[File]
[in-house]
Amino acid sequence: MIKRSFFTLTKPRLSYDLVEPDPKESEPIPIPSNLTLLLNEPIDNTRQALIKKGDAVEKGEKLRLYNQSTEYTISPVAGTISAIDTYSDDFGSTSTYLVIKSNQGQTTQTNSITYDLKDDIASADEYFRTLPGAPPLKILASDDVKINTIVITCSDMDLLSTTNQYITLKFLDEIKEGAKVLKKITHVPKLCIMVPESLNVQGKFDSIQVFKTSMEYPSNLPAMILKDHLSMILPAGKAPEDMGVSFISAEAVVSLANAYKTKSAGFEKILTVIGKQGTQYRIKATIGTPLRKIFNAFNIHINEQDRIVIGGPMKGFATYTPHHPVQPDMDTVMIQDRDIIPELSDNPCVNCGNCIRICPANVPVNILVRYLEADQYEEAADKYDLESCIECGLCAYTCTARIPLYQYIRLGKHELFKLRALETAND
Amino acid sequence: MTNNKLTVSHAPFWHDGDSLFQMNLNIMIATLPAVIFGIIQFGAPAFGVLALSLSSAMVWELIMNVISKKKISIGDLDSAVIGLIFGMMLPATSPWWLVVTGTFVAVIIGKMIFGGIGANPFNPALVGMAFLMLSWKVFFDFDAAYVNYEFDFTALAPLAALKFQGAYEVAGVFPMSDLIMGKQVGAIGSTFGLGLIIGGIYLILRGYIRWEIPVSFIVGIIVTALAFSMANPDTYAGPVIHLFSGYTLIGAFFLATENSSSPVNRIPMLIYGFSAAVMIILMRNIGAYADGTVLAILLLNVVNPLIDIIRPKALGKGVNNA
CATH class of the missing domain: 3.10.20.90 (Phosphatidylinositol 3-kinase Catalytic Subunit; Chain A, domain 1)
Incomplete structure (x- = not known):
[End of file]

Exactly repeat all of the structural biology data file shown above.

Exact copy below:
[in-house]
Amino acid sequence: MIKRSFFTLTKPRLSYDLVEPDPKESEPIPIPSNLTLLLNEPIDNTRQALIKKGDAVEKGEKLRLYNQSTEYTISPVAGTISAIDTYSDDFGSTSTYLVIKSNQGQTTQTNSITYDLKDDIASADEYFRTLPGAPPLKILASDDVKINTIVITCSDMDLLSTTNQYITLKFLDEIKEGAKVLKKITHVPKLCIMVPESLNVQGKFDSIQVFKTSMEYPSNLPAMILKDHLSMILPAGKAPEDMGVSFISAEAVVSLANAYKTKSAGFEKILTVIGKQGTQYRIKATIGTPLRKIFNAFNIHINEQDRIVIGGPMKGFATYTPHHPVQPDMDTVMIQDRDIIPELSDNPCVNCGNCIRICPANVPVNILVRYLEADQYEEAADKYDLESCIECGLCAYTCTARIPLYQYIRLGKHELFKLRALETAND
Amino acid sequence: MTNNKLTVSHAPFWHDGDSLFQMNLNIMIATLPAVIFGIIQFGAPAFGVLALSLSSAMVWELIMNVISKKKISIGDLDSAVIGLIFGMMLPATSPWWLVVTGTFVAVIIGKMIFGGIGANPFNPALVGMAFLMLSWKVFFDFDAAYVNYEFDFTALAPLAALKFQGAYEVAGVFPMSDLIMGKQVGAIGSTFGLGLIIGGIYLILRGYIRWEIPVSFIVGIIVTALAFSMANPDTYAGPVIHLFSGYTLIGAFFLATENSSSPVNRIPMLIYGFSAAVMIILMRNIGAYADGTVLAILLLNVVNPLIDIIRPKALGKGVNNA
CATH class of the missing domain: 3.10.20.90 (Phosphatidylinositol 3-kinase Catalytic Subunit; Chain A, domain 1)
Incomplete structure (x- = not known):